- Shopping Bag ( 0 items )
Children's LiteratureAnger and revenge, love and jealousy, bloodshed and remorse—all the things that adults try to protect children from—are here. Blame it on the gods and great authors like Homer and Virgil, who wrote about the legendary Trojan War. But there is a new angle here. The heroes, gods, and others speak out during the 10-year battle. The story begins with an invocation, Cassandra's prophetic chant, and the judgment of Paris. Aphrodite says: "I pity our bitter cow-eyed queen,/but I loathe that battle-axe, Athene." Much later in the war, Achilles' wrath at Hector for killing his friend is expressed: "Patroklos, my friend, is dead;/in anger, I cannot mourn./This fire burns in my head,/ this flame of hatred born." Even the wooden horse has a voice: "lift me hold me/help me please/make it through this night." And Helen has the last word: "tell the world I wasn't there." The voices are humanized through humor, straight talk, and a gamut of emotions. Avoiding the unrhymed iambic pentameter of the old epics, the author uses varied rhyme schemes, free verse, and shaped poems that are accessible to the younger reader. Adults, too, should appreciate the well-crafted, fresh approach to an ancient tale. The illustrations complement the text with their dramatic, simply sculpted style. The publication is aptly timed to coincide with the movie Troy and hopefully will inspire readers to tackle the original Greek and Latin authors. Background notes on the author and Trojan history are not included, but a bibliography is. 2004, Margaret K. McElderry Books/Simon & Schuster Children's Publishers Division, and Ages 9 to 12.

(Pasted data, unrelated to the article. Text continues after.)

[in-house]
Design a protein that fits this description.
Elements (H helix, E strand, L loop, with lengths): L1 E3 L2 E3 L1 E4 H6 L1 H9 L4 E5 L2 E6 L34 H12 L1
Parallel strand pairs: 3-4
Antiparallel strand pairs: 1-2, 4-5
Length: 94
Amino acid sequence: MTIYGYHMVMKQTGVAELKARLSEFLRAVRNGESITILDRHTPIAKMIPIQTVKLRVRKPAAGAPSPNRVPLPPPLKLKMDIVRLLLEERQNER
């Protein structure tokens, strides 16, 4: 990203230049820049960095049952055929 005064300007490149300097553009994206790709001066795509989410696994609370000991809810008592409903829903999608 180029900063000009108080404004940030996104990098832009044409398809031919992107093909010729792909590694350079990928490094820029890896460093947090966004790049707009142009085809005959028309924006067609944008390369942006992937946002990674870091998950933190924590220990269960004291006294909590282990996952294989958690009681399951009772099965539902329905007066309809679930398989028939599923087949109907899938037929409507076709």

—Carol Raker Collins, Ph.D.